Here’s How The Best 991 Track Cars Tackle Silverstone

Credit: Original article published by FLATSIXES News.

Any car nut would figure the standard GT3, devoid of big wings and louvers over the , would be the best on the public road. Less keyed in, less assertive, less likely to tramline, and much more accessible to the average driver—these are all traits that one would want when the road is pockmarked and uneven. However, when the straights are lengthened, the surfaced smoothed, and the speed limit removed, how do the RS’ angular additions change the experience?

Join Mr. JWW as he takes us on a tour around Silverstone in three of the greatest cars to leave Stuttgart in some time.

The many long, fast, sweeping corners at Silverstone showcase the reasons to go RS.

A Sharper Nose

Immediately, the GT3 RS’ additional grip and stability, particularly through the grit-your-teeth-and-pray portions of Silverstone, are evident. It’s also more incisive; any understeer issues that limited the standard GT3 have been minimized significantly by the deeper front splitter and wider track. If the front is more eager to turn in, the driver naturally pushes a little harder.

PDK’s Peace of Mind

Though the standard GT3 can be ordered with a PDK gearbox, the RS is the one which benefits the most from it. Why? It changes the way long and/or tightening corners must be covered. A mid-corner shift with a traditional h-pattern transmission can unload the rear long enough to provoke a slide, and so certain bends have to be short-shifted into so that the driver does not lighten the rear at the point when the car is most heavily loaded. However, when there’s a PDK gearbox shifting in hundredths of a second, the driver doesn’t need to worry about a mid-corner snap; they simply pull the paddle when the needle is about to brush the redline.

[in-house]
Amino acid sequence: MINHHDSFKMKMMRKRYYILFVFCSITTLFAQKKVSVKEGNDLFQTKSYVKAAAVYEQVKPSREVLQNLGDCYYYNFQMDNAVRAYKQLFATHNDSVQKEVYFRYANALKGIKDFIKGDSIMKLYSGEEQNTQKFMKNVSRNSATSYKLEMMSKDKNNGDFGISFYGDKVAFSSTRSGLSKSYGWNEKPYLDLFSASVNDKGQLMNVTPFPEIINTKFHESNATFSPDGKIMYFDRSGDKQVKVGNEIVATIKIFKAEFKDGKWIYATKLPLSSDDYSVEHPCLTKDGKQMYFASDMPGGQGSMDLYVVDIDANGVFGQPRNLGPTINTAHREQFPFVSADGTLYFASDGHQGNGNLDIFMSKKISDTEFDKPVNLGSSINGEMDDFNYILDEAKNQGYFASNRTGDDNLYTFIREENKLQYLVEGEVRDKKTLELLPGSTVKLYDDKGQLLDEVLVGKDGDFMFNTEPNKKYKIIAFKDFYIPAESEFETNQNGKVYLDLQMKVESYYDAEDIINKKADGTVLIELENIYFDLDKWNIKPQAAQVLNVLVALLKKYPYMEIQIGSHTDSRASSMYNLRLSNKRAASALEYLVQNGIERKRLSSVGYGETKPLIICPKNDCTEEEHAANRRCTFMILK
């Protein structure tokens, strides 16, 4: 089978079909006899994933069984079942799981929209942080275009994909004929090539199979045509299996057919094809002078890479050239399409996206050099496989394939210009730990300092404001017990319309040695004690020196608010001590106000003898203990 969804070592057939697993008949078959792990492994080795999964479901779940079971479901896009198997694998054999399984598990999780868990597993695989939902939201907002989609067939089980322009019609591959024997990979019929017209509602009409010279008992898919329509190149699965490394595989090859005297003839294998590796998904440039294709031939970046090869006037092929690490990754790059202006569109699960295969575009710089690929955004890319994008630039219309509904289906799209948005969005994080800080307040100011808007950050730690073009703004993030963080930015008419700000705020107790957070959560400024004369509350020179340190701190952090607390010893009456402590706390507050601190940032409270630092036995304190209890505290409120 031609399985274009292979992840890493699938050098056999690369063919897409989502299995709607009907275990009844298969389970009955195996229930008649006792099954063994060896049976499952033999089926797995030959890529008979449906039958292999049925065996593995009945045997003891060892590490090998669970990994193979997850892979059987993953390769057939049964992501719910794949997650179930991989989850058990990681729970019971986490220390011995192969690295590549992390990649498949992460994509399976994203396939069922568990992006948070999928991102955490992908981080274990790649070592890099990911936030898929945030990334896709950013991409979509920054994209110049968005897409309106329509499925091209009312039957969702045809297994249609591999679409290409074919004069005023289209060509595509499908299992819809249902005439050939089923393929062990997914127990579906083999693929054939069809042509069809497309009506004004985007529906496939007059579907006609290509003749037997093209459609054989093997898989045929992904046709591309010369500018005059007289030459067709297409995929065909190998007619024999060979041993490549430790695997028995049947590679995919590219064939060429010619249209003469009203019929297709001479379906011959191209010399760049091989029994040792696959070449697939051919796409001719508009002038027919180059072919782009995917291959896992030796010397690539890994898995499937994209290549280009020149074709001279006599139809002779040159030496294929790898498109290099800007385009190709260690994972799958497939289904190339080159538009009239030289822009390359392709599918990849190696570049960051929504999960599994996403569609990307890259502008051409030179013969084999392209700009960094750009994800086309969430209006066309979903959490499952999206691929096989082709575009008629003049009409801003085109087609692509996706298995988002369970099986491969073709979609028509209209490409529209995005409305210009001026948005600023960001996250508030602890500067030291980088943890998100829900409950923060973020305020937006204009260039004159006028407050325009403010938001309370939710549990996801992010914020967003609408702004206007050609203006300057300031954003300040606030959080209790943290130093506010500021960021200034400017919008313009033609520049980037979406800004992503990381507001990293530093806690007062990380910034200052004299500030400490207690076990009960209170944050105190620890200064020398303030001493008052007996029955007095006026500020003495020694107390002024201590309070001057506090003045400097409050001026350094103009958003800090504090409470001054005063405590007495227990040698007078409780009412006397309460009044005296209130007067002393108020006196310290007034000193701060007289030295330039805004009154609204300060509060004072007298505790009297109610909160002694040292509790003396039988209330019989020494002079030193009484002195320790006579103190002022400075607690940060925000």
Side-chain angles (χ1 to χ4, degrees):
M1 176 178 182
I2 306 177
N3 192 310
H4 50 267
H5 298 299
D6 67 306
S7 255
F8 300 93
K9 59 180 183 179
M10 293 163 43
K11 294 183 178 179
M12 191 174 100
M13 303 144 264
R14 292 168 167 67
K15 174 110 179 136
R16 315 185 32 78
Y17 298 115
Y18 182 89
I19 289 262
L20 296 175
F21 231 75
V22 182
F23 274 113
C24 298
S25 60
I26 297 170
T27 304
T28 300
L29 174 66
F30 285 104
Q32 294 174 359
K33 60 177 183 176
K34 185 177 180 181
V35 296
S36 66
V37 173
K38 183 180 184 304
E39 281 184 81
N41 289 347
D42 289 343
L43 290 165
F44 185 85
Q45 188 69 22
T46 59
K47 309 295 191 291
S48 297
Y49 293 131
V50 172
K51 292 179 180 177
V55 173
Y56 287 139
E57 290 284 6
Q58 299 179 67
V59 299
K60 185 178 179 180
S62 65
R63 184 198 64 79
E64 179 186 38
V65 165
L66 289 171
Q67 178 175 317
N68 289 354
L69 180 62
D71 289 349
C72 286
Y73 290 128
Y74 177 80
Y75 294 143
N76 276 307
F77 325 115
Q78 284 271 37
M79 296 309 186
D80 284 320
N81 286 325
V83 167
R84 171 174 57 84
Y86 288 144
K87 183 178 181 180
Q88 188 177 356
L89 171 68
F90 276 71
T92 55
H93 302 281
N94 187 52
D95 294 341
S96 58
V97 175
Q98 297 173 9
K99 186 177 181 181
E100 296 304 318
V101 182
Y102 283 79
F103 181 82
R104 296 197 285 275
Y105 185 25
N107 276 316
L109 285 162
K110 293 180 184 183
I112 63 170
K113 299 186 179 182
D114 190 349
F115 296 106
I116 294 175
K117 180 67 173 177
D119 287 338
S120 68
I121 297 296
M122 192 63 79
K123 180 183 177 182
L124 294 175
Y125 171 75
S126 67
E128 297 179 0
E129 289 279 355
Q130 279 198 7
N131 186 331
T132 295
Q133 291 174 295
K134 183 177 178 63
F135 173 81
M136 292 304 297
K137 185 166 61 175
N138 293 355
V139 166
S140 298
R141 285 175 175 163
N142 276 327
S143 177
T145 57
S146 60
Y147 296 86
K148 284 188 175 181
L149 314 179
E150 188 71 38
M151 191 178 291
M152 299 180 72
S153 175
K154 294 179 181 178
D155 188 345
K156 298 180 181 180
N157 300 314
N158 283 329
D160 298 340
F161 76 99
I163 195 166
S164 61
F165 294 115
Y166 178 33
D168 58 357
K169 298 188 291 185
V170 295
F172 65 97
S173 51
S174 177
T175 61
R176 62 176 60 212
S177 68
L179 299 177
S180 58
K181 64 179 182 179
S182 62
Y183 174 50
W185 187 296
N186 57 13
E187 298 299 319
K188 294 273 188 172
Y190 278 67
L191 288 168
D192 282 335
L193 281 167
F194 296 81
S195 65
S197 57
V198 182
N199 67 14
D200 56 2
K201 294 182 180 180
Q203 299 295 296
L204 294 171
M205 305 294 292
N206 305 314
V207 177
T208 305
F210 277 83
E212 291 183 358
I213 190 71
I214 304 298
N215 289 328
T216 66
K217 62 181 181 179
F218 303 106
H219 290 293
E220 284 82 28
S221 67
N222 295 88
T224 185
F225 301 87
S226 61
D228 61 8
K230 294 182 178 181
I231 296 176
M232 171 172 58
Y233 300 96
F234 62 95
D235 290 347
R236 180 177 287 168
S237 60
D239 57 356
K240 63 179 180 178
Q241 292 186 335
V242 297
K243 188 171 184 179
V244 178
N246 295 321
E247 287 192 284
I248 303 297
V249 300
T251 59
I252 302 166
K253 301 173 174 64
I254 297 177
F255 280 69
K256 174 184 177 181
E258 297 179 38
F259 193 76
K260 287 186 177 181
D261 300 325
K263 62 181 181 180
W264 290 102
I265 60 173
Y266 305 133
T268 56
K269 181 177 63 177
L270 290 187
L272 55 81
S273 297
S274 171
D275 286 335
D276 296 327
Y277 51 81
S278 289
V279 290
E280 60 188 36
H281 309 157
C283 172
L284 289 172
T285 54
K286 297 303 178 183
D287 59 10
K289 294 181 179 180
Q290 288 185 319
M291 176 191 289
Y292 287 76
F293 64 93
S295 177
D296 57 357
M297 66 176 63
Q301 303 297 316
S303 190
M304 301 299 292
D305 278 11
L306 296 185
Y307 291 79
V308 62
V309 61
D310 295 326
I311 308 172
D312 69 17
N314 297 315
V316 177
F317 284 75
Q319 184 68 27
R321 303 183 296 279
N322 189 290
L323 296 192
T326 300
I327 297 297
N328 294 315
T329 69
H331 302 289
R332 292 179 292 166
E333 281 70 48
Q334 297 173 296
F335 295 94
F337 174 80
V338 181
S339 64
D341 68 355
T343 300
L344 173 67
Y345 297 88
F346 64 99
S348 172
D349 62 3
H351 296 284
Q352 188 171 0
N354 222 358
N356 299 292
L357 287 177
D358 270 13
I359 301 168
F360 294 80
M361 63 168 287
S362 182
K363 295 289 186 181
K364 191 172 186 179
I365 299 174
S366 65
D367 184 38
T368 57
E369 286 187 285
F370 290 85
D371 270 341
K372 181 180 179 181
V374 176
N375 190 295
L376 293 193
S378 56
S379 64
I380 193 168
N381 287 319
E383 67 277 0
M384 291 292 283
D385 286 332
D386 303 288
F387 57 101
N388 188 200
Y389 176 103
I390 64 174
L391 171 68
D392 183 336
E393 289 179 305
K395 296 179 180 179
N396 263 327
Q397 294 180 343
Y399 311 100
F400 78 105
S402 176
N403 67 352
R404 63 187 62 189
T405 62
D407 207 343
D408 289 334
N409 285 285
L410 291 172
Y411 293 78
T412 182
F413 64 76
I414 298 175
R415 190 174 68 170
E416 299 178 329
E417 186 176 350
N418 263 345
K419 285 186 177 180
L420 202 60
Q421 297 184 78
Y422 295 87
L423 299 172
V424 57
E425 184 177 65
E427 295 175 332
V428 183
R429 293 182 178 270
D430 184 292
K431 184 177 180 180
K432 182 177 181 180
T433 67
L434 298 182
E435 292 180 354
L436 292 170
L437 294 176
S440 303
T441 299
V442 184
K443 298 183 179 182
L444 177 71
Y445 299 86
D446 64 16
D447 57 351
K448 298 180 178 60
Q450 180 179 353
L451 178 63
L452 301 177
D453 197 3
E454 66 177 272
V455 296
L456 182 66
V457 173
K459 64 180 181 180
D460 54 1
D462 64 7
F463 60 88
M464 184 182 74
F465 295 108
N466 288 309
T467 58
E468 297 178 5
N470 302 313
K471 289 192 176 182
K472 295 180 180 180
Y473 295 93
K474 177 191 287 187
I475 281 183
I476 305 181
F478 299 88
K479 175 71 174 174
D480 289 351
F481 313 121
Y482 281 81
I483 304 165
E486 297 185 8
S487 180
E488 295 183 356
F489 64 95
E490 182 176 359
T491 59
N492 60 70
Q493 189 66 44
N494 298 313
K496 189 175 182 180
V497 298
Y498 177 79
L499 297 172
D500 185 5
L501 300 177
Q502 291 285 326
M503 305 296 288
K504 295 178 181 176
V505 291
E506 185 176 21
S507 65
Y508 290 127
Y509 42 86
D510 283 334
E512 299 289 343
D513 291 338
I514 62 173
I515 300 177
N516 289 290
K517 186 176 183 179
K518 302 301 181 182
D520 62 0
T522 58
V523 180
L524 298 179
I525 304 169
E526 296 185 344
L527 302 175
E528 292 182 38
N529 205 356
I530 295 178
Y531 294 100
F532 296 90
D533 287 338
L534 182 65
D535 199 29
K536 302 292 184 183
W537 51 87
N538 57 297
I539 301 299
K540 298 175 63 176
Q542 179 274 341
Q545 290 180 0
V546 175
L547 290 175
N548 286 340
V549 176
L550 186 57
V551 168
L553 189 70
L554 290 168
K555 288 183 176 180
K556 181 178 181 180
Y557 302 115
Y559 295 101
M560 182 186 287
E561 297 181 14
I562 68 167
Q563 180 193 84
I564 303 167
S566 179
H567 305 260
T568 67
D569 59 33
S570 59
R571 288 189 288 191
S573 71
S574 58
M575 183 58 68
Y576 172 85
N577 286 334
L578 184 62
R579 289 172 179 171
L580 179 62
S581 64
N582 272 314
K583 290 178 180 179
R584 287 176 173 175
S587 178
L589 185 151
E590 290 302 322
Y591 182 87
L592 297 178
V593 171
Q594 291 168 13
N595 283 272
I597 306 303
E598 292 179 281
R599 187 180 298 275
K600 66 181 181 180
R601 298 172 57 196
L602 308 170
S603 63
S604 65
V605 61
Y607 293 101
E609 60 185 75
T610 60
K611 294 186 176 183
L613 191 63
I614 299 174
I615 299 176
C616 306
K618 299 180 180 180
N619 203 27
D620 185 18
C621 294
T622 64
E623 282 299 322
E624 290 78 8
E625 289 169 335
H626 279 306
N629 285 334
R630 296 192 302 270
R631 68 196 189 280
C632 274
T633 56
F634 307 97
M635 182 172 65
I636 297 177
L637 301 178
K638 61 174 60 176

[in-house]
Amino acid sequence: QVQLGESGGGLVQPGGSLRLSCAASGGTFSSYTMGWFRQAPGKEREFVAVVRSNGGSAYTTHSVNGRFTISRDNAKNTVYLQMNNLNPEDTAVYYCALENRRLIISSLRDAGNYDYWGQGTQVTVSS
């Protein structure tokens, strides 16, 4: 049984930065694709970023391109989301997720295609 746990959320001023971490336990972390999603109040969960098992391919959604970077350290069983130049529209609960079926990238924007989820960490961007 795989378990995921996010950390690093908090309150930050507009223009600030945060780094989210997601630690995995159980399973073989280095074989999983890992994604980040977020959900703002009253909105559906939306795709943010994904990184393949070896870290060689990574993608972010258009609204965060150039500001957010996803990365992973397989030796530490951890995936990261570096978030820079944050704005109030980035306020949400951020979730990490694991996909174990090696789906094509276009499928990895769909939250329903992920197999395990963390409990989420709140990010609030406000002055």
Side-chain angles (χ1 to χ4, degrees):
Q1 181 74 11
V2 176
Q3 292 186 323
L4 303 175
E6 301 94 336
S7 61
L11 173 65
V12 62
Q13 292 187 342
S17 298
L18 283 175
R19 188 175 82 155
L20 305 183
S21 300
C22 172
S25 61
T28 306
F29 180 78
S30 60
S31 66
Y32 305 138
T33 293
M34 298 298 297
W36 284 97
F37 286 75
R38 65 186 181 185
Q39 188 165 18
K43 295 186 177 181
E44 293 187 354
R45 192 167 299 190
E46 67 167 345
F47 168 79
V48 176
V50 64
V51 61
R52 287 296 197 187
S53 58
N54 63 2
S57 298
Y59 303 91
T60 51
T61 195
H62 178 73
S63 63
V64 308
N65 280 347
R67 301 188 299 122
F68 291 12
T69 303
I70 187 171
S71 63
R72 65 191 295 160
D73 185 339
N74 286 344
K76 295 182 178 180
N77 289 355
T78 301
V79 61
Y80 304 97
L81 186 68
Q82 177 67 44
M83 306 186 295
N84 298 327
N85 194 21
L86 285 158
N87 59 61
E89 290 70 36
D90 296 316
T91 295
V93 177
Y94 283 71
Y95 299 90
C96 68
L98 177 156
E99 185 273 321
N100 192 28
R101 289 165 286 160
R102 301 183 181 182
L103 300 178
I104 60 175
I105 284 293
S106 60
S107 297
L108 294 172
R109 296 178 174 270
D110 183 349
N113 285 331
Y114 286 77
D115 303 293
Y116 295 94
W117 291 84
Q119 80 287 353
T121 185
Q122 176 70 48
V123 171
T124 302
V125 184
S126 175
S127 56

The Challenges and Limitations of Real Torque

It’s a little unfortunate that the heavens decide to open when Mr. JWW leaves the pitlane in the GT2 RS. Rain is the great equalizer, after all, and he has to roll on the throttle more cautiously than he did with the normally-aspirated versions. Nevertheless, even with a delicate prod of the throttle, he still manages to pull an additional 15 miles per hour down the Hangar Straight.

Look at his astonishment after effortlessly reaching 165 mph on the Hangar Straight.

That straightline advantage may be the GT2 RS’ greatest advantage, though it comes at a small price: a less favorable balance due to the additional weight in the rear. At higher speeds, the downforce should mask that, but quick direction changes and slow-speed “tosses” are more effortlessly achieved in the atmospheric version.

Nevertheless, seeing the way the GT2 RS casually dispatches with the normally-aspirated versions makes any minor decrements in agility easy to forget. At the fast, flowing, and genuinely frightening Silverstone, that additional power must make one feel like they’re getting to play with all the cheat codes engaged.

With nearly 200 additional horsepower, the GT2 RS has no difficulty passing the GT3—or most cars, for that matter.

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